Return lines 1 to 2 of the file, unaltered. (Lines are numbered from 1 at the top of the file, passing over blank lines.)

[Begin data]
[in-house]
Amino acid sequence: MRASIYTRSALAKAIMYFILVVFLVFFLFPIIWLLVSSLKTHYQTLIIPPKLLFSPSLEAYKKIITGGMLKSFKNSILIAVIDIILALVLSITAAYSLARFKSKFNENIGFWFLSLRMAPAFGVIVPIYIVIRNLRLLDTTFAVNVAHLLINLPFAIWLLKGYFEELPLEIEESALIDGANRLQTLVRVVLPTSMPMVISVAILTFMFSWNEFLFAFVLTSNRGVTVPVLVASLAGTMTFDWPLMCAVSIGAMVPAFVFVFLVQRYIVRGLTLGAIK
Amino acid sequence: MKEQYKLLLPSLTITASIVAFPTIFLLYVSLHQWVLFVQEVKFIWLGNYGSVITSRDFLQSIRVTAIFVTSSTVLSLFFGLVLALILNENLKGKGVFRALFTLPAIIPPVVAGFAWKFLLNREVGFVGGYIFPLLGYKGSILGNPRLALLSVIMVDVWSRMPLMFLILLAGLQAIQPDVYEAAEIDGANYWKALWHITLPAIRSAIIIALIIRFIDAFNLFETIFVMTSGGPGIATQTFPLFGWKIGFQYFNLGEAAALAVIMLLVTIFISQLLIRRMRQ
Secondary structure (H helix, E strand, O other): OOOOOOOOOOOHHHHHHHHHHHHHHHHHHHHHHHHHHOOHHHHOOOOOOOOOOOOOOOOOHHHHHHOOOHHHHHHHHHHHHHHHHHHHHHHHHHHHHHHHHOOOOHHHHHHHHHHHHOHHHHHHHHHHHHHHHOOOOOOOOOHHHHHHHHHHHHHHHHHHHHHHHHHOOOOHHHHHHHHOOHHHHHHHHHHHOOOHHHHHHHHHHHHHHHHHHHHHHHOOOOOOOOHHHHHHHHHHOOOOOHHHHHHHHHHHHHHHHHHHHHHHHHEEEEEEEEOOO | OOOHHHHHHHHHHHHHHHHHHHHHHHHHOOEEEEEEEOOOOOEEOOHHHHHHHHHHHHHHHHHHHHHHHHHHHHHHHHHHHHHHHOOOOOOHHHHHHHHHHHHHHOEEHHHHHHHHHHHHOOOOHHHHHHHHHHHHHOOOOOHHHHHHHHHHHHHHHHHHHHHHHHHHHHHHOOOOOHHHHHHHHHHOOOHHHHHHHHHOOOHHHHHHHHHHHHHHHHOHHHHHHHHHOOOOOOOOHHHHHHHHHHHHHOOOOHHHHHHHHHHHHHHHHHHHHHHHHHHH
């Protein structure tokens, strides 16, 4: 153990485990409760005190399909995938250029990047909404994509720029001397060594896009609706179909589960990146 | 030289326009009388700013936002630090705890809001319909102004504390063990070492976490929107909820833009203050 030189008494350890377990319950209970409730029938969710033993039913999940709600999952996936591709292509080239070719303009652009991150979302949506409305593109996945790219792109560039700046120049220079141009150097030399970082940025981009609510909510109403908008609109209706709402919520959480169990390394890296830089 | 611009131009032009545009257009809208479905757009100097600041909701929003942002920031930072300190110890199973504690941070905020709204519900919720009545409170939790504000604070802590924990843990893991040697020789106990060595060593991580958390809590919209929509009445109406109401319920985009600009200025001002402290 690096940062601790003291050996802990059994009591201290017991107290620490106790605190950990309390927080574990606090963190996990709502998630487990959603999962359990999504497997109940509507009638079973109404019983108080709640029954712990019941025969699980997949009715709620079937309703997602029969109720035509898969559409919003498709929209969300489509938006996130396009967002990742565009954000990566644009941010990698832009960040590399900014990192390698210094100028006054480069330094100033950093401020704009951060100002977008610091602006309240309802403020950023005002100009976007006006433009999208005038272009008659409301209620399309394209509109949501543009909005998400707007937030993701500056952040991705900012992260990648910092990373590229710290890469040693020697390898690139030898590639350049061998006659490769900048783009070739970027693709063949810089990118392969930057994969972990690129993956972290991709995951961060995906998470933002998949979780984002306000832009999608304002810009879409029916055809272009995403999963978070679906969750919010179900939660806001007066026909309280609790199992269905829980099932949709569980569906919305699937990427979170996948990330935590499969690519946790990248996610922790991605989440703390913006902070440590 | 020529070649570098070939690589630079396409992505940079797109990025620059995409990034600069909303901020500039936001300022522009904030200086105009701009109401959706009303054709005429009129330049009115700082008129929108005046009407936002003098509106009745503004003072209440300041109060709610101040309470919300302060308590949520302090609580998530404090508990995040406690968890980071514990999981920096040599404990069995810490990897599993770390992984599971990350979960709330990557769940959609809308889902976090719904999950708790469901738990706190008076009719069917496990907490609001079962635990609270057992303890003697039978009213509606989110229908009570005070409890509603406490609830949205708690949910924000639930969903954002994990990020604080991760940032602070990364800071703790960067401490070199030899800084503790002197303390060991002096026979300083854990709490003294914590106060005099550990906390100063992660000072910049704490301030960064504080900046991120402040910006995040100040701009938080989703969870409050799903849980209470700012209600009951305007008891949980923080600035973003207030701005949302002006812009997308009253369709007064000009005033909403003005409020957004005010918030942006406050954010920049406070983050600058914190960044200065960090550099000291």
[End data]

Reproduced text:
[in-house]
Amino acid sequence: MRASIYTRSALAKAIMYFILVVFLVFFLFPIIWLLVSSLKTHYQTLIIPPKLLFSPSLEAYKKIITGGMLKSFKNSILIAVIDIILALVLSITAAYSLARFKSKFNENIGFWFLSLRMAPAFGVIVPIYIVIRNLRLLDTTFAVNVAHLLINLPFAIWLLKGYFEELPLEIEESALIDGANRLQTLVRVVLPTSMPMVISVAILTFMFSWNEFLFAFVLTSNRGVTVPVLVASLAGTMTFDWPLMCAVSIGAMVPAFVFVFLVQRYIVRGLTLGAIK